Maldivian conundrum: Will India risk China's ire by militarily intervening in Male?

The question has gained currency after two eminently avoidable stabs that the Yameen government has made to Maldives' democratic fabric, first the arrest of former president Mohamed Nasheed on 22 February on terror charges and then his 13-year-sentence announced on 13 March.

Rajeev Sharma March 16, 2015 07:32:00 IST
Maldivian conundrum: Will India risk China's ire by militarily intervening in Male?

Colombo: This is the question which is uppermost in the minds of many Maldives-watchers globally: will India intervene militarily in Maldives?

The question has gained currency after two eminently avoidable stabs that the Yameen government has made to Maldives' democratic fabric, first the arrest of former president Mohamed Nasheed on 22 February on terror charges and then his 13-year-sentence announced on 13 March.

Maldivian conundrum Will India risk Chinas ire by militarily intervening in Male

Former Maldives president Mohammed Nasheed. PTI

I put this question to former foreign minister of Maldives, Ahmed Naseem, knowing full well that no minister, serving or retired, would ever give a black and white answer. But surprisingly his answer was not an enigma wrapped in a puzzle in the true diplomatic tradition and rather straight.

This two-part commentary based on Naseem’s interview is focused on two aspects: (i) the security, strategic and China-related issues and (iI) the political issues raised in a big way by the ongoing incarceration of Nasheed. This article revolves around the first subject.

Incidentally the interview was conducted at his house in an upmarket locality of Colombo which he constructed in 2007. The former Maldivian foreign minister has been living in Colombo in a self-imposed exile since Nasheed was arrested, conveying the seriousness of the situation in Maldives.

This is how Naseem responded to the question whether India would be intervening militarily in Maldives. "It is entirely India's call. Maldives and India have an agreement that India can intervene in Maldives if it is sure that its vital national interests are being neglected and compromised. My personal feeling is that India's national security subjects are being threatened in Maldives," Naseem said.

Well, this is as direct as an arrow. But in this answer he has given it a bikini treatment: revealing more and concealing little, though the things concealed are the most important.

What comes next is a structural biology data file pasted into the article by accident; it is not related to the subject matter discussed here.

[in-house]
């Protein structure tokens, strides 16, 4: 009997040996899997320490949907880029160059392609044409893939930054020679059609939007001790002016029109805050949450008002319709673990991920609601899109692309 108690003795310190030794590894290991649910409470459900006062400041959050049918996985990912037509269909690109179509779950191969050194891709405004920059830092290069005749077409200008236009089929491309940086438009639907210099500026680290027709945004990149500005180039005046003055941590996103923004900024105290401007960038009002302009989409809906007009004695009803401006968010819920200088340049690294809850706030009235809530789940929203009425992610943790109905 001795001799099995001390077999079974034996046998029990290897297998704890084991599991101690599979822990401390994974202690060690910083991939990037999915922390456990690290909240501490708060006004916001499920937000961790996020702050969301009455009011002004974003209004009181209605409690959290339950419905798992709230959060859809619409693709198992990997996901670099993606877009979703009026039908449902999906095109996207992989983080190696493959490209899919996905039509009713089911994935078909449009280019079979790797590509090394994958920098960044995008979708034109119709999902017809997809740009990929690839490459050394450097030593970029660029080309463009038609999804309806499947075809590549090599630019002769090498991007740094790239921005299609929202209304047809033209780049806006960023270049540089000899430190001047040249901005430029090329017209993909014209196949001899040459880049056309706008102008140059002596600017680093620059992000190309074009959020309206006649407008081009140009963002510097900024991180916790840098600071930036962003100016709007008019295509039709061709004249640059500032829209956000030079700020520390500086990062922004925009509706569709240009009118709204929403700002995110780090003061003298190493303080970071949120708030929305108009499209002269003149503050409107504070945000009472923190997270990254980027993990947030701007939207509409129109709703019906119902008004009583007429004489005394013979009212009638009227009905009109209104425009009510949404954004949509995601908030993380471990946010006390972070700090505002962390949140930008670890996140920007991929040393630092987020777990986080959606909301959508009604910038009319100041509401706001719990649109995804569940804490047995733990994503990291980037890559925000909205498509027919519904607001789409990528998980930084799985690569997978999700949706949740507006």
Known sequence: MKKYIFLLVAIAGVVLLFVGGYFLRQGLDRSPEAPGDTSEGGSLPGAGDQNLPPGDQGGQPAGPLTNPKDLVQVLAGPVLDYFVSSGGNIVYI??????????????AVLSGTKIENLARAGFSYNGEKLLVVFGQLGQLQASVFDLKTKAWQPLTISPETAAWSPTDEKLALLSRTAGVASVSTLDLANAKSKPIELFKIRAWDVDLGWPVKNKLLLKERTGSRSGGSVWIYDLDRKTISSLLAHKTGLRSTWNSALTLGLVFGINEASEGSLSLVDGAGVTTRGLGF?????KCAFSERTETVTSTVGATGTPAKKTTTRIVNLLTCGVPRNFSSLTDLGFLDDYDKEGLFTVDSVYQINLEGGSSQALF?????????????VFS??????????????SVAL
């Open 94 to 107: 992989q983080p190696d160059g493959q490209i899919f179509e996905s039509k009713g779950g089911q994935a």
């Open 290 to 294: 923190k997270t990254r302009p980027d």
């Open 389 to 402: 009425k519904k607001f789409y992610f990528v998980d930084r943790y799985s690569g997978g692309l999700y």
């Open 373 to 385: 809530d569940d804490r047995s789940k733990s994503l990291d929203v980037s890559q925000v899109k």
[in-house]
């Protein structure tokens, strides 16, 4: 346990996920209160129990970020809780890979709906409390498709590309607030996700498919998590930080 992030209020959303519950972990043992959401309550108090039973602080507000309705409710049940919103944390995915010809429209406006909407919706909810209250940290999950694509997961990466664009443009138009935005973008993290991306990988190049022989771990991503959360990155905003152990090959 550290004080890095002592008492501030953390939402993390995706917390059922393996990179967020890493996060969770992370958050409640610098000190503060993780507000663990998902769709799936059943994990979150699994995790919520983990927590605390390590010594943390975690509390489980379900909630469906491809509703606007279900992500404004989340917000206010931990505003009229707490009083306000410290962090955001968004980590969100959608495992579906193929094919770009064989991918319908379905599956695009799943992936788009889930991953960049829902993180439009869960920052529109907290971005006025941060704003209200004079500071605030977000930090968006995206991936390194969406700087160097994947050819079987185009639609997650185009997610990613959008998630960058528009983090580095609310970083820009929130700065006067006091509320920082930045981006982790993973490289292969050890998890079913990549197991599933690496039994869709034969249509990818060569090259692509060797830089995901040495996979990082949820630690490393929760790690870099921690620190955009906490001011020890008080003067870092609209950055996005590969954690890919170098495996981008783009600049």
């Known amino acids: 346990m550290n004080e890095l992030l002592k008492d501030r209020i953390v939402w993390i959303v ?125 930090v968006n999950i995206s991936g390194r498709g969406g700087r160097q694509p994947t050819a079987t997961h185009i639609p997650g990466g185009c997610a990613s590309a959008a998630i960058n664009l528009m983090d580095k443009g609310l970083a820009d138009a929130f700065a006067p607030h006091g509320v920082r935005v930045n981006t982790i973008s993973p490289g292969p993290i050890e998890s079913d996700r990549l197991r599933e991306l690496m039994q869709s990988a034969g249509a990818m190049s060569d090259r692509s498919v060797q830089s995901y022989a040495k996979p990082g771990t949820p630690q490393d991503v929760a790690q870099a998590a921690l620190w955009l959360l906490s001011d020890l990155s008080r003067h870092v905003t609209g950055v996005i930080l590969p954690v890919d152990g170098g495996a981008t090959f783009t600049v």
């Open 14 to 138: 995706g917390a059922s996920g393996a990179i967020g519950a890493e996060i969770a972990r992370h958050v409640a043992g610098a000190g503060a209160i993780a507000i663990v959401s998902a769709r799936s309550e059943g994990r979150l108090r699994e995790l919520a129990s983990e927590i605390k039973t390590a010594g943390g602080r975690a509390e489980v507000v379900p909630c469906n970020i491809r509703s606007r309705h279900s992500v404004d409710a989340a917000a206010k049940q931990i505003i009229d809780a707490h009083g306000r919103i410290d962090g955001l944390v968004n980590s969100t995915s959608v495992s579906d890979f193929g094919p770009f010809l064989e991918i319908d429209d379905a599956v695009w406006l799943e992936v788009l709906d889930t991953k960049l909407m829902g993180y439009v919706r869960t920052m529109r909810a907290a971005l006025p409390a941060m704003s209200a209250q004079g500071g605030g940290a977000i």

How are India's interests being threatened in Maldives and by whom: China?

Naseem couldn't agree more and sought to put things in perspective by pointing out how China has been stealing everyone’s thunder by its pro-activism in South China Sea. Sample his following remark: "China’s Maritime Silk Route is a façade. It means something else. Why should Maldives be part of it. Maldives has never been part of Silk Route."

To rub it further, Naseem remarked thus: "China’s breakneck speed in constructing new reefs and islands in South China Sea is something that must worry India."

One may dismiss Naseem's take on this as a familiar script of China-phobic persons going on an overdrive.

But it isn't and China after all is not invincible given the recent developments in Sri Lanka where the so-called Chinese supremacy has taken a pounding with a distinct advantage to India.

This triggers another question: whether India should replicate its recent political success in Sri Lanka in Maldives as well.

Former Sri Lankan president Mahinda Rajapaksa has gone on record as attributing his electoral defeat to India’s external intelligence agency RAW. Does It mean that India should take a cue from Sri Lanka and build up India’s profile in Sri Lanka as well.

After all, India has had a precedence of launching a successful military intervention in Maldives when the then Indian PM Rajiv Gandhi had launched Operation Cactus in November 1988. Then the Indian PM had sent 1600 Indian troops to Maldives to restore status quo within a matter of hours after armed PLOTE (People’s Liberation of Tamil Eelam) had descended on the Maldivian soil to take over the country.

The then Maldivian president Maumoon Abdul Gayoom had sent a SOS to India for help and the Rajiv Gandhi government had acted with alacrity and had the full backing of the US.

The international strategic matrix has undergone a sea change since then with the rise of China. In 1988, China has not risen as a world power the way it has now.

This writer understands that India is not thinking on the lines of a military intervention in Maldives; not now, not ever. India would not like to rile China.

Therefore, the inevitable message is that Nasheed will have to wait for indefinitely longer time to be released from prison. A give-and-take is possible.

Nasheed may be released in exchange for quitting politics, a scenario that is doable.

For now, Nasheed will have to depend on India’s soft power. For his part, Naseem is embarking on a trip to Europe to five countries – France, Germany, UK, Belgium and Denmark—on Monday to lobby with the European powers to free Nasheed.

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